The 1892 Winchester rifle, descendant of the Henry and 1866 'Yellow Boy' rifles, was made from 1892 until 1941 and total production was in excess of one million pieces. Many variations and calibres were introduced over the course of the 50 years production, but the basic design was largely unaltered and the fact that many are still in use today as hunting rifles bears testimony to the reliability and longevity of the gun. This non-firing replica clearly demonstrates the workings of the famed lever action loading system.
Developed from the Henry rifle, the 1866 Winchester lever-action repeater has passed into legend as 'The Gun That Won The West'. Its distinctive brass frame gave rise to the nickname 'Yellow Boy', which was coined by Indian tribes. During its production run, from 1866 to 1898, about 170,000 pieces were made in Winchester's Connecticut factory. The gun fired a .44 calibre rimfire round from the tubular magazine located underneath the barrel. This non-firing version clearly demonstrates the workings of the lever-action loading system.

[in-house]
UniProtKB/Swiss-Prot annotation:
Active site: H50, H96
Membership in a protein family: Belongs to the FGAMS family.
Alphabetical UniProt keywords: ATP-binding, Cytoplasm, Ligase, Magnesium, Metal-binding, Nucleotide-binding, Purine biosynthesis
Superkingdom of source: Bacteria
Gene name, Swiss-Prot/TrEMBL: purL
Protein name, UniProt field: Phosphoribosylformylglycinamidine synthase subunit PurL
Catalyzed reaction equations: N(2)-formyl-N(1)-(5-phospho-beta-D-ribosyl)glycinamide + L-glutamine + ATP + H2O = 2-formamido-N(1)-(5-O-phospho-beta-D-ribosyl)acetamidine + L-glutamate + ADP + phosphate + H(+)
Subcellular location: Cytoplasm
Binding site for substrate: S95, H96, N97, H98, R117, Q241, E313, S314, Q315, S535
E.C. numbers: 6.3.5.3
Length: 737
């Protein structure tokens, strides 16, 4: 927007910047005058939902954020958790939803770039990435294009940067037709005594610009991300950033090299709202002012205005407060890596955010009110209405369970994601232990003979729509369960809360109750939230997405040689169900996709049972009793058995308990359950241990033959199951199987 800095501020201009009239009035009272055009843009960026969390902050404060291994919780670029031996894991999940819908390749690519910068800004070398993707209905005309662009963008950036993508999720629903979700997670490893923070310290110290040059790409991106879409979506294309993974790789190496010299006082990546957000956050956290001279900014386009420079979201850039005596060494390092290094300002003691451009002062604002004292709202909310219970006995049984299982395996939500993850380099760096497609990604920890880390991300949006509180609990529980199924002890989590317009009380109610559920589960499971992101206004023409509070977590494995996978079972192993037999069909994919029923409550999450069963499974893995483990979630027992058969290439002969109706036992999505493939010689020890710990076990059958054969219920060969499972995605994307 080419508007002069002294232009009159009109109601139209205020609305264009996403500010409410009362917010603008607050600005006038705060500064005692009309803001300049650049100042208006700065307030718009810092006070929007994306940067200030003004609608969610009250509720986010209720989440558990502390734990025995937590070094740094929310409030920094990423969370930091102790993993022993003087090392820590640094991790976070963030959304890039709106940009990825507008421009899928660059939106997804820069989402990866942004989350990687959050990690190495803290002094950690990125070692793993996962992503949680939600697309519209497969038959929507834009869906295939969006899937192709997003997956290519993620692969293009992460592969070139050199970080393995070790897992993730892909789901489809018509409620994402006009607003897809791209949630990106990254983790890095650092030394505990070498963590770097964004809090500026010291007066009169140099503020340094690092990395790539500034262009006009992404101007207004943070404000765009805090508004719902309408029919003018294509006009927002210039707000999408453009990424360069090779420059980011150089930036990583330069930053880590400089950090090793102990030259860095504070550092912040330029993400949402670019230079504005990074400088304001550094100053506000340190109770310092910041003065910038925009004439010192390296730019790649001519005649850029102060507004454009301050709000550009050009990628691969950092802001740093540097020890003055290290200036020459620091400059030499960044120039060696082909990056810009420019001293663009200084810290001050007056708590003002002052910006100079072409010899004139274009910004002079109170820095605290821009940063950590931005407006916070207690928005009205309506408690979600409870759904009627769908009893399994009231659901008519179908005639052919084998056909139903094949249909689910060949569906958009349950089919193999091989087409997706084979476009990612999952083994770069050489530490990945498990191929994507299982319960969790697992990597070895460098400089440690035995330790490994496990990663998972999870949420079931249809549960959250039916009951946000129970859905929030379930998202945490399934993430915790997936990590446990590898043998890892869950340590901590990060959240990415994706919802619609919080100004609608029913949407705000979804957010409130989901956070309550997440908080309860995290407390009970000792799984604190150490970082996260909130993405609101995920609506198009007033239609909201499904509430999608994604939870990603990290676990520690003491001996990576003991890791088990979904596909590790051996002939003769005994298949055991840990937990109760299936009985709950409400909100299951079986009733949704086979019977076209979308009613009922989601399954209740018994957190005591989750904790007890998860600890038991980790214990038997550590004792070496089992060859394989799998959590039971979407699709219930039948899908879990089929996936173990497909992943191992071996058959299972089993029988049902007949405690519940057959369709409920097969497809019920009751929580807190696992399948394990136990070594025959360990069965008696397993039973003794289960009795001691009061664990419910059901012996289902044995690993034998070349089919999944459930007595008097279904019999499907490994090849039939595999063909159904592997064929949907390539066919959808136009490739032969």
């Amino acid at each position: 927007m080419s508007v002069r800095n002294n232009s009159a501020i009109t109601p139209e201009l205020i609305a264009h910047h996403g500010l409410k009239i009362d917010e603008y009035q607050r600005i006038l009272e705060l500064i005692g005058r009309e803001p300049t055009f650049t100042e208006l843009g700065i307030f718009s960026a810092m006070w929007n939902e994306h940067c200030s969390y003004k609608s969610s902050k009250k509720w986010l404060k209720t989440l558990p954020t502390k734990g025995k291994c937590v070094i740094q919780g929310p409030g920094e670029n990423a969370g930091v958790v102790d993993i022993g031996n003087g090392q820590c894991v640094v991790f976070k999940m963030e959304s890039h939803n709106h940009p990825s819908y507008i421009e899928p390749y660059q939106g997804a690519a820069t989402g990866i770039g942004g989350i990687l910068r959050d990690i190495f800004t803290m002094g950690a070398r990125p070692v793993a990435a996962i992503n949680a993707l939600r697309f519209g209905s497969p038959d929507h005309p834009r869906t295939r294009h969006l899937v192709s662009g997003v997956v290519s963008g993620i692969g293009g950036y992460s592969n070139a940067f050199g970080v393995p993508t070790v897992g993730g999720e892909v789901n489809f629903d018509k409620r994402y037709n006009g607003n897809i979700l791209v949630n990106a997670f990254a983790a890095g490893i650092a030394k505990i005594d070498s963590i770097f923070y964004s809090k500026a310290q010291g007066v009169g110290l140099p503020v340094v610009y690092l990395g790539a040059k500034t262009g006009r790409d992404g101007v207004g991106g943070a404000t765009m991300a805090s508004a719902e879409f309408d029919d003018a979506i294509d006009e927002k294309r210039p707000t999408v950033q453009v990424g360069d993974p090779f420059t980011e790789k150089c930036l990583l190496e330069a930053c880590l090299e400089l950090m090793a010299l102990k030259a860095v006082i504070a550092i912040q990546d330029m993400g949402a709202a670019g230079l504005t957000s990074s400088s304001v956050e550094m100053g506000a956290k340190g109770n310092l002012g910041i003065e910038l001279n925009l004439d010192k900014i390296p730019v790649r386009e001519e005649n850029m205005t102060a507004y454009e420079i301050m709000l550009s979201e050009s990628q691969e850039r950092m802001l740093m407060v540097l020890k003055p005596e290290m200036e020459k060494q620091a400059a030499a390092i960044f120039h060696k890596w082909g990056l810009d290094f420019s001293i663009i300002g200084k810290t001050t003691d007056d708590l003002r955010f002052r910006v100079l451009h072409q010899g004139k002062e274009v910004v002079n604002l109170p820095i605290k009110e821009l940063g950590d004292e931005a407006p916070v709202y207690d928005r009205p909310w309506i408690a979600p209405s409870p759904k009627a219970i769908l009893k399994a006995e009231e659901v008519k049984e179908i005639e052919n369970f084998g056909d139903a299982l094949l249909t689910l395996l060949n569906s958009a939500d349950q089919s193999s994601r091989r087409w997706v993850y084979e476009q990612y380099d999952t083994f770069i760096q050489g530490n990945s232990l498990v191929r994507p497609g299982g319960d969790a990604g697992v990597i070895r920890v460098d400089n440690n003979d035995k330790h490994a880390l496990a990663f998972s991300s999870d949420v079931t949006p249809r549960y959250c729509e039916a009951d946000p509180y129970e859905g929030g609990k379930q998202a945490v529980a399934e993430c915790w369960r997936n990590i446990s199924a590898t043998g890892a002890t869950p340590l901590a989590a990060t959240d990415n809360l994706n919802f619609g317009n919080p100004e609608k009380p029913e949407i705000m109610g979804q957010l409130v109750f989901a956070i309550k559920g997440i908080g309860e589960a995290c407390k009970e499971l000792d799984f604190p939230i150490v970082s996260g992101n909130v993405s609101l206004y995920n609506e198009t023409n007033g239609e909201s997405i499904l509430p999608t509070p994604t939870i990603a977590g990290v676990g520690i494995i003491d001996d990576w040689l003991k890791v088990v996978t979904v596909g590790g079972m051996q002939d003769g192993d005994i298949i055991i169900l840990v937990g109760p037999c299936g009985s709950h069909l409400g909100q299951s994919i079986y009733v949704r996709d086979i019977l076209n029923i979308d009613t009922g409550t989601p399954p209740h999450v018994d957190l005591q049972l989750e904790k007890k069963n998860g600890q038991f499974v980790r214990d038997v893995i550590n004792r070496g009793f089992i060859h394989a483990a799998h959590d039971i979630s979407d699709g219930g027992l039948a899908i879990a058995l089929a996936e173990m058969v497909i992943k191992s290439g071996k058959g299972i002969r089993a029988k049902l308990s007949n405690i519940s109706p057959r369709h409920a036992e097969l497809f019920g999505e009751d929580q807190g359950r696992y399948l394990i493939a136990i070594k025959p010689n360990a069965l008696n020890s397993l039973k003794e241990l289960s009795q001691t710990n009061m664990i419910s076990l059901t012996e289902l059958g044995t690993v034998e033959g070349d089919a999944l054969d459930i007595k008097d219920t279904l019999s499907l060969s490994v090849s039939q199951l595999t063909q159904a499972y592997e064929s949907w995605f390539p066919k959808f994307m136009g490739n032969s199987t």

Functional lever-action mechanism
Great decorator piece
Barrel Length 48cm
Overall Length 98.5cm 38"
Weight 3.000Kg 6lb 10oz